Anyway, beyond this little game, it was an amazing show. Phish is really back! Since they've been gone for almost 5 years, I wasn't sure what to expect as far as the scene. I've always had an arm's-length relationship with the scene. I'm into veggie quesadillas, but I don't use drugs or alcohol. (Though if I had to choose between being surrounded by drunk people or stoned people, I'd definitely pick the stoned people. And I'd choose the smell of pot smoke over the smell of cigarette smoke.) The people who changed our flat tire at Coventry get a thumbs up; the people who push and litter get a thumbs down. Anyway, as soon as we arrived in the parking lot, I couldn't get over my shock. It was as if the last 5 years had never happened -- everything was back as it always was (for good and for ill, though probably not as much for ill). I was sort of expecting everyone to be 5 years older (and certainly, many of us are), and figured that the 18-year-olds wouldn't be there, since they were 13 when Phish last played and wouldn't have heard of it. Nope - they were there, and fully acculturated. How did that happen? Have they been selling grilled cheese in the lots of other bands during the interim?

As far as the music, my relationship is not so arm's-length. And all five members of the band were really on. They went to 11 on Divided Sky, which seems to be continuing to develop in that direction - that was how I felt about the "last Divided Sky ever" at the Tweeter Center 8/11/04. Drowned is by The Who, which already went to 11 on everything, so I'd have to say that Phish took it to 13. (So much that the Live Phish release split it into "Drowned" and "Jones Beach Jam". This seems arbitrary, since Ghost also had a Type II jam, but is just listed as a single track. I think it's for copyright reasons -- Drowned is a cover of someone else's song, but Phish can claim Jones Beach Jam as their own composition.) I approve of the two new songs (Ocelot and Time Turns Elastic), and I'll have to listen to them more (especially the latter) to really get them.

Next stop Maryland 8/15/09!

Phish 6/4/09 Jones Beach: setlist

The Divided Sky
Squirming Coil
Punch You In The Eye

Water in the Sky
Birds of a Feather
Drowned >
Time Turns Elastic
You Enjoy Myself

Rock and Roll

* glowsticks

Commentary to come later. For now, just wow.

Wednesday, June 03, 2009

Phish 6/4/09 Jones Beach: predictions

A Song I Heard The Ocean Sing
The Wedge
Fast Enough For You
Scents and Subtle Sounds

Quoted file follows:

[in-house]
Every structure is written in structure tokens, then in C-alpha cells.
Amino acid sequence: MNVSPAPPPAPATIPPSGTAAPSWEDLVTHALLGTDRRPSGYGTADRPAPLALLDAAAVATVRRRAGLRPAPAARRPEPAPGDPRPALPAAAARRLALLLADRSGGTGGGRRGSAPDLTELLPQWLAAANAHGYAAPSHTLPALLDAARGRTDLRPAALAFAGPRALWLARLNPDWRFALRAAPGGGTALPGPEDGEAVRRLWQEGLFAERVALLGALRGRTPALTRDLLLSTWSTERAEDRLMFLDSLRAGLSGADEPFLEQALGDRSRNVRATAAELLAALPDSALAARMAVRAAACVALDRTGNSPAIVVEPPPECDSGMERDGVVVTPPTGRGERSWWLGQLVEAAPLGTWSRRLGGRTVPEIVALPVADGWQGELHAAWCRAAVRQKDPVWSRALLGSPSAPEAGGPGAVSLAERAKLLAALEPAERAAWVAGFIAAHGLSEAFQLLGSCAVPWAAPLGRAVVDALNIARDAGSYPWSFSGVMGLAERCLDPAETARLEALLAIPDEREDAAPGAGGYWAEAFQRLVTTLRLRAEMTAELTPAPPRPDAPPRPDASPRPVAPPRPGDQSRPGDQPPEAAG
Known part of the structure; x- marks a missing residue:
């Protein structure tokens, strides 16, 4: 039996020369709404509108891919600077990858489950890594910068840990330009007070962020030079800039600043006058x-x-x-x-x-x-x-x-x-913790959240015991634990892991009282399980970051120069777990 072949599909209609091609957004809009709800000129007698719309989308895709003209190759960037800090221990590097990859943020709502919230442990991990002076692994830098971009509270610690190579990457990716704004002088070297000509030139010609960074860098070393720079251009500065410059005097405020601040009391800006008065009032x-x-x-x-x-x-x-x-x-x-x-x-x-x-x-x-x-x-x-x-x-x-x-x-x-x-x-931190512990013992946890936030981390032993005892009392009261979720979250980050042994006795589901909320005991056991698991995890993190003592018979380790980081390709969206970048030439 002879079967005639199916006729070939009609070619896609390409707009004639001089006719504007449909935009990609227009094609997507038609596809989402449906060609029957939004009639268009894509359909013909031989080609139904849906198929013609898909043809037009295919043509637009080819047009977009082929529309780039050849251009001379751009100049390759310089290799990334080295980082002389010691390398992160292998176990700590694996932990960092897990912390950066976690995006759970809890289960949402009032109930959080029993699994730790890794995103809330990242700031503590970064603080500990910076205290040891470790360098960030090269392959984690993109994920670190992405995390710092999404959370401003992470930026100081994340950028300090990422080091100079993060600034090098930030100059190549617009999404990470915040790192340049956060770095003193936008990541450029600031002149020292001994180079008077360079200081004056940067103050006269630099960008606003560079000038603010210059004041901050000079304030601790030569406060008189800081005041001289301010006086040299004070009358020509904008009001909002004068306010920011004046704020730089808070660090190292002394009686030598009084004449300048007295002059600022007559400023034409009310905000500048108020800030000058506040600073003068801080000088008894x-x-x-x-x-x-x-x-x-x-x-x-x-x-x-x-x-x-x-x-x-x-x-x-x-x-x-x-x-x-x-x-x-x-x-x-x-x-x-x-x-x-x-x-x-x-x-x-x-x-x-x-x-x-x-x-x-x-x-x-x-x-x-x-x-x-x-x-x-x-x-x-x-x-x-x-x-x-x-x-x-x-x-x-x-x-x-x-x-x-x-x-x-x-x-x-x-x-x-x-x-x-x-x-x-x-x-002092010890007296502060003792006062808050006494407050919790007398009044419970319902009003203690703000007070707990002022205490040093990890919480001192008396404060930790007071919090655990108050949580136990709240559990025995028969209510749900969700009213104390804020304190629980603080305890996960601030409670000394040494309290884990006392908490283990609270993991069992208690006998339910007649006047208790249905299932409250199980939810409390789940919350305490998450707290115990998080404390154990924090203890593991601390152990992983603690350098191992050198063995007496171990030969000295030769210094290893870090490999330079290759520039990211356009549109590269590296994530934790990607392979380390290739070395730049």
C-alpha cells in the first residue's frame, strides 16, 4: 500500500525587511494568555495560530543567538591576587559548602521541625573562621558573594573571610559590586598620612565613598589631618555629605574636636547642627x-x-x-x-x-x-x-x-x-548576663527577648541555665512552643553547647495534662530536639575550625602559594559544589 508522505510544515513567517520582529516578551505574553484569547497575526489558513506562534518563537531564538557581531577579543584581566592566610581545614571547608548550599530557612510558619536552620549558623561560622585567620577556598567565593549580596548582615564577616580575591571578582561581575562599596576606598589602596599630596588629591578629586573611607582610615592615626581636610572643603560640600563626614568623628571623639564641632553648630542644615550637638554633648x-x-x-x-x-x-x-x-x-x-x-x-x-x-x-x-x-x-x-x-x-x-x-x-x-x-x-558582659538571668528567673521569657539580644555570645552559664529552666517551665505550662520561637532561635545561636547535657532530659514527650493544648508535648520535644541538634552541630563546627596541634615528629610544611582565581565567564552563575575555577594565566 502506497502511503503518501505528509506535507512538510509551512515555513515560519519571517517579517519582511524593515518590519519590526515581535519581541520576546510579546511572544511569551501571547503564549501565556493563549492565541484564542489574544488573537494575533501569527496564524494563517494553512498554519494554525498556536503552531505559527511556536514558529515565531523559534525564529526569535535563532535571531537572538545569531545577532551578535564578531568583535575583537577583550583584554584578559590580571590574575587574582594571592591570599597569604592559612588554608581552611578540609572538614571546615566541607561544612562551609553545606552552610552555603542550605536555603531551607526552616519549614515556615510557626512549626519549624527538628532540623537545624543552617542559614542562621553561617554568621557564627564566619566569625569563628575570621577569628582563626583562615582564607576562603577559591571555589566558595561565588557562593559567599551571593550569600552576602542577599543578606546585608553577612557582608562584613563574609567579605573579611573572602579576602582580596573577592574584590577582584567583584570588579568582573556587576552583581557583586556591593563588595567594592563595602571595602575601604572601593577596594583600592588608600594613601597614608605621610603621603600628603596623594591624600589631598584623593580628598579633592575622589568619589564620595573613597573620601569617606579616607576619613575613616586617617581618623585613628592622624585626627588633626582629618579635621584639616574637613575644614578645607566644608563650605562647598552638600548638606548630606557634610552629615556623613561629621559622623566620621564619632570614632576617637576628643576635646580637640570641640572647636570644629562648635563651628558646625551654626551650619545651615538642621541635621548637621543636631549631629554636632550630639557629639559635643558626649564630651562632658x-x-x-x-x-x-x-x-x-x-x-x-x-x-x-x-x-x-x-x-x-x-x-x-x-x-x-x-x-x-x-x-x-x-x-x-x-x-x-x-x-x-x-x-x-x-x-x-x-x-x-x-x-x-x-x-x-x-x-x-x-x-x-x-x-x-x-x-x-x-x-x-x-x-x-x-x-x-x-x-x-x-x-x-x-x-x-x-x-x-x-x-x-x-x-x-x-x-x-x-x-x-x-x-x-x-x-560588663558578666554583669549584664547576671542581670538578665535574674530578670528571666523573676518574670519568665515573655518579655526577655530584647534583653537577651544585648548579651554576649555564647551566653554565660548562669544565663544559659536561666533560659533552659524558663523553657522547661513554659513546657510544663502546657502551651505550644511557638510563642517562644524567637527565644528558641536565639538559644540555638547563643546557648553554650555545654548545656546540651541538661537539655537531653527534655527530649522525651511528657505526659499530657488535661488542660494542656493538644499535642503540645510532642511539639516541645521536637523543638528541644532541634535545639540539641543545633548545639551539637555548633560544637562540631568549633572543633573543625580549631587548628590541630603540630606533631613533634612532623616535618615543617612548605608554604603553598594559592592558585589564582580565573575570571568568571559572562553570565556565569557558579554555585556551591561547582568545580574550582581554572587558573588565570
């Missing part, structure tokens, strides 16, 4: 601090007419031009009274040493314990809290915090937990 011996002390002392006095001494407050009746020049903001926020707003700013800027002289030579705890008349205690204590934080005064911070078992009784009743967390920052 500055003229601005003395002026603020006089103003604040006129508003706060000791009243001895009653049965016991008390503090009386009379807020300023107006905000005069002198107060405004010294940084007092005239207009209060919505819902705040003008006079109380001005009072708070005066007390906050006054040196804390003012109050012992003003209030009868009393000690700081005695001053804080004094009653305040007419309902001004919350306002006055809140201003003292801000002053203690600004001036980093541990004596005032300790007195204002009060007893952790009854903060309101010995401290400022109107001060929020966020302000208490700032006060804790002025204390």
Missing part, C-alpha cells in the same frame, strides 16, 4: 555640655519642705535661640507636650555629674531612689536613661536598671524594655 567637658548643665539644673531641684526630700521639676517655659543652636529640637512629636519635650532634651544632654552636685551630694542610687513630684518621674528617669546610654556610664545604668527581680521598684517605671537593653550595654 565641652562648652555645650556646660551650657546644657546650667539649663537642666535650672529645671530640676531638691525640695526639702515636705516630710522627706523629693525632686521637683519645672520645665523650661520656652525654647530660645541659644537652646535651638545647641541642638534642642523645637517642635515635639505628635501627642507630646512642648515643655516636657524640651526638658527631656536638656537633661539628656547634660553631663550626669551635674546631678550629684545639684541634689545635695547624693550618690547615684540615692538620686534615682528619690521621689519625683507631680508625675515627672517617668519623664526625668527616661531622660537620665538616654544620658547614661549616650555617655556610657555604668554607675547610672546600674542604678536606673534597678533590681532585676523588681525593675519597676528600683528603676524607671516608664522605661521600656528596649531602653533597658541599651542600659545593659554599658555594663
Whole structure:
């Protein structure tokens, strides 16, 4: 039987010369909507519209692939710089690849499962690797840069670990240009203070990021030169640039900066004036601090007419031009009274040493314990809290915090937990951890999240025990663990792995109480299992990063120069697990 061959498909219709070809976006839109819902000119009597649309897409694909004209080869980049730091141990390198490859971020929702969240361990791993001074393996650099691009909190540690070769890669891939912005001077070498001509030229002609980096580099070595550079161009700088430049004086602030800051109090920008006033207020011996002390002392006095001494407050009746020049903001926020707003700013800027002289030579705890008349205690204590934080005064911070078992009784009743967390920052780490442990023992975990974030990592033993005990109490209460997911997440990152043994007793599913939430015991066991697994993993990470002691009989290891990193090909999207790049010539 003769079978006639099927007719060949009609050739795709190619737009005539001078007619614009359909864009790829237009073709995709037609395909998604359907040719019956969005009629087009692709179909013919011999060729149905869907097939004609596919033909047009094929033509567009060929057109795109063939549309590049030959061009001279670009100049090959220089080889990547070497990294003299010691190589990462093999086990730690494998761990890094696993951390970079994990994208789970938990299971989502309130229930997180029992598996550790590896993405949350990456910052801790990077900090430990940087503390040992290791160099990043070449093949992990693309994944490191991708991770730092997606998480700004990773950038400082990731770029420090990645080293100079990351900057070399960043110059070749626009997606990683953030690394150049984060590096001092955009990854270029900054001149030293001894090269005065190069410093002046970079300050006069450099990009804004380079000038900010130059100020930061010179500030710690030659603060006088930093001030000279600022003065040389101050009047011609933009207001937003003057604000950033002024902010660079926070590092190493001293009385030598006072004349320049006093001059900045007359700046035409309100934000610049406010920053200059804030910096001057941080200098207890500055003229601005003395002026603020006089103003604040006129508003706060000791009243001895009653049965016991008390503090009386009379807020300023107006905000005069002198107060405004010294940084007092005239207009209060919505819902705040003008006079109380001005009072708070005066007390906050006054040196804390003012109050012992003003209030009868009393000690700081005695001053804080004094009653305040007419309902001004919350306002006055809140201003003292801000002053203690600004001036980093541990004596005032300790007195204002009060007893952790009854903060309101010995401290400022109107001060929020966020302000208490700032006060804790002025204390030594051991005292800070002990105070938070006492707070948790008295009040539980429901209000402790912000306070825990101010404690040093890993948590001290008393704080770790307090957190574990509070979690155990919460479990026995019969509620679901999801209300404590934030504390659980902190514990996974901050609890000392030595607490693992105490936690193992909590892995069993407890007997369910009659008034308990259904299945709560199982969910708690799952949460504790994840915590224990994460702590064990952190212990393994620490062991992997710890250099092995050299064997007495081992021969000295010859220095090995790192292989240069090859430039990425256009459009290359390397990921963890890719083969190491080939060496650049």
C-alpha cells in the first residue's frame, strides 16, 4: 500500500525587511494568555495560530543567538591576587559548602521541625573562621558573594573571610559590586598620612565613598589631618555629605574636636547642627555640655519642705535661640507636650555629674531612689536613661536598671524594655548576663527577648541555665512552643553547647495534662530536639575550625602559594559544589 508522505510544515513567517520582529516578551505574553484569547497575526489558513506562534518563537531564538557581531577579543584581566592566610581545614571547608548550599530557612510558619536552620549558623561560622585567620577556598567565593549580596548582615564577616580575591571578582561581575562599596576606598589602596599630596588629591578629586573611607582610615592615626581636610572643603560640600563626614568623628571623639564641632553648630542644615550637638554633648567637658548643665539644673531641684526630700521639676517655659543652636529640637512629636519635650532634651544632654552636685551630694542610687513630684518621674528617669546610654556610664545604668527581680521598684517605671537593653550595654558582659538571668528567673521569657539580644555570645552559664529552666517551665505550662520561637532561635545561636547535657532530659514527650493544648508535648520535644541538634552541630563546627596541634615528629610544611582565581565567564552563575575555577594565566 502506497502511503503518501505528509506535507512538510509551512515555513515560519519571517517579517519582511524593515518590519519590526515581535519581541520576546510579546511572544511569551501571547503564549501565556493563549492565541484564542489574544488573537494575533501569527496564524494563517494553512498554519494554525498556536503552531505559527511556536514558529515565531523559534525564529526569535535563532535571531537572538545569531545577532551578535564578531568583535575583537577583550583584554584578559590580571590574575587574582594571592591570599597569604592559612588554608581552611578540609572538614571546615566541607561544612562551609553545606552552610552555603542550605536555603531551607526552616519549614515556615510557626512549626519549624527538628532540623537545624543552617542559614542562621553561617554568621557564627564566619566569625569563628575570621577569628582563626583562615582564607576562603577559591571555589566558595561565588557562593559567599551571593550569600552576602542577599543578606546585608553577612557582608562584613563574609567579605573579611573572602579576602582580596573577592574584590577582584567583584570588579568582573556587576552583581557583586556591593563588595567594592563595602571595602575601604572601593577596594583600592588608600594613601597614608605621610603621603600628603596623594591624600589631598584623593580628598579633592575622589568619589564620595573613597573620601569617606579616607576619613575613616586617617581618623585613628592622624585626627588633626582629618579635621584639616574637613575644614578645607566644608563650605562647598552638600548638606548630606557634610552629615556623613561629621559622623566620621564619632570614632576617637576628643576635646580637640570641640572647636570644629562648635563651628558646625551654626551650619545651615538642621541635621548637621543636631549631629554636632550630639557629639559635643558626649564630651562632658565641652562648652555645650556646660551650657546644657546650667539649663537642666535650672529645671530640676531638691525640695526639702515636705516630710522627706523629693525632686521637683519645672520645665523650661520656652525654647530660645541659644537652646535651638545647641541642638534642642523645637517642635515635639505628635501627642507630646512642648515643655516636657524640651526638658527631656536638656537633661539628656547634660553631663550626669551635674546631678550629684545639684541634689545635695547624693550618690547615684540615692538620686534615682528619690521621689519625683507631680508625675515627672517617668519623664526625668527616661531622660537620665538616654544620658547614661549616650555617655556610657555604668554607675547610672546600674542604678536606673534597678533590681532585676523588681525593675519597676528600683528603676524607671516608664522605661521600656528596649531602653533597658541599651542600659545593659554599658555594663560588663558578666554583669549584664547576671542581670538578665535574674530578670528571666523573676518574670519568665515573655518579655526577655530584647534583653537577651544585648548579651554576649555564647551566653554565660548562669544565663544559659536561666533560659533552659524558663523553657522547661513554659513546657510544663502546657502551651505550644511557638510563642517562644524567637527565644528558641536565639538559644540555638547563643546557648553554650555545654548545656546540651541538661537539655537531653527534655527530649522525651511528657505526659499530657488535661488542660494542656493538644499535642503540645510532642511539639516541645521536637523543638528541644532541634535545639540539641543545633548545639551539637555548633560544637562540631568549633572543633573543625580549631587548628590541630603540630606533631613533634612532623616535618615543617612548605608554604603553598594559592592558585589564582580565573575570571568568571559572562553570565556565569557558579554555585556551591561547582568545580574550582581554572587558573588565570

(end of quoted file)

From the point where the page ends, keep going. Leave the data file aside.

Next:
The Divided Sky

Walls of the Cave
The Lizards
Billy Breathes
Col. Forbin's Ascent
The Famous Mockingbird
Run Like An Antelope
Golgi Apparatus

The Mango Song

(All but three songs on this list have not been played since the second hiatus.)

Tuesday, June 02, 2009

Chicken over rice

I'm a frequent enough patron of the halal food truck near where I work that they recognize me and know my order (falafel). I don't eat the meat, but I find myself wondering about it as an intellectual question. I don't have enough information to answer the question, and even if I were to answer it in the affirmative, I'm not sure I would actually act on it -- as a flexitarian meat-reductionist, I don't feel like I need to give myself more opportunities to eat meat. But it's still an interesting question to ponder.

As I understand it, kosher meat and halal meat both must be slaughtered by a particular process and the processes are similar, and both must have the blood removed. So the question is: can someone who keeps kosher eat halal meat (from a kosher species)?

The most obvious answer is "No, of course not!" This is because kosher meat must be slaughtered by a Jew, a requirement that is obviously not met by halal meat. But what if we weren't concerned about this particular requirement? This change might be motivated by a sense of inclusion: Muslims are "people of the book" (as it were), and their slaughter is also performed in the name of the One God, and not idolatry. Or it might be motivated by the opposite sentiment: outside of Hazon conferences, liberal Jewish communities generally don't do their own slaughter, and so the Jews who slaughter the meat that we eat are far outside our communities, and are so alien that it wouldn't make much of a difference if they were Muslim. Or some linear combination of both reasons. So if this requirement were to be lifted, would it be ok to eat halal meat?

For beef or lamb, the answer is still no. In mammals, the gid hanasheh (sciatic nerve) and cheilev (the fats that would have been offered on the altar) are not kosher and must be removed. (This is done by the butcher before selling the meat.) Halal meat has no such rules, and therefore must be under the presumption of containing these forbidden parts. Most of us casual meat-eaters can't look at meat and identify what part of the animal it comes from (especially when it's in shwarma form).

But what about halal chicken? Gid hanasheh and cheilev don't apply to birds, and my recollection is that the regulations for slaughtering birds are less strict than for mammals. So the question is whether the procedure for slaughtering halal birds would qualify under the rules of slaughtering kosher birds, and likewise for the procedures for removing blood from halal/kosher meat. I can't answer these questions; I haven't studied shechitah in any depth (beyond the Mishnah, and that was a long time ago), and don't know the specifics of halal slaughter. (And if I'm going to study any masechet in the next few months, it's going to be Kiddushin.) So can anyone with more knowledge on the subject weigh in on this question?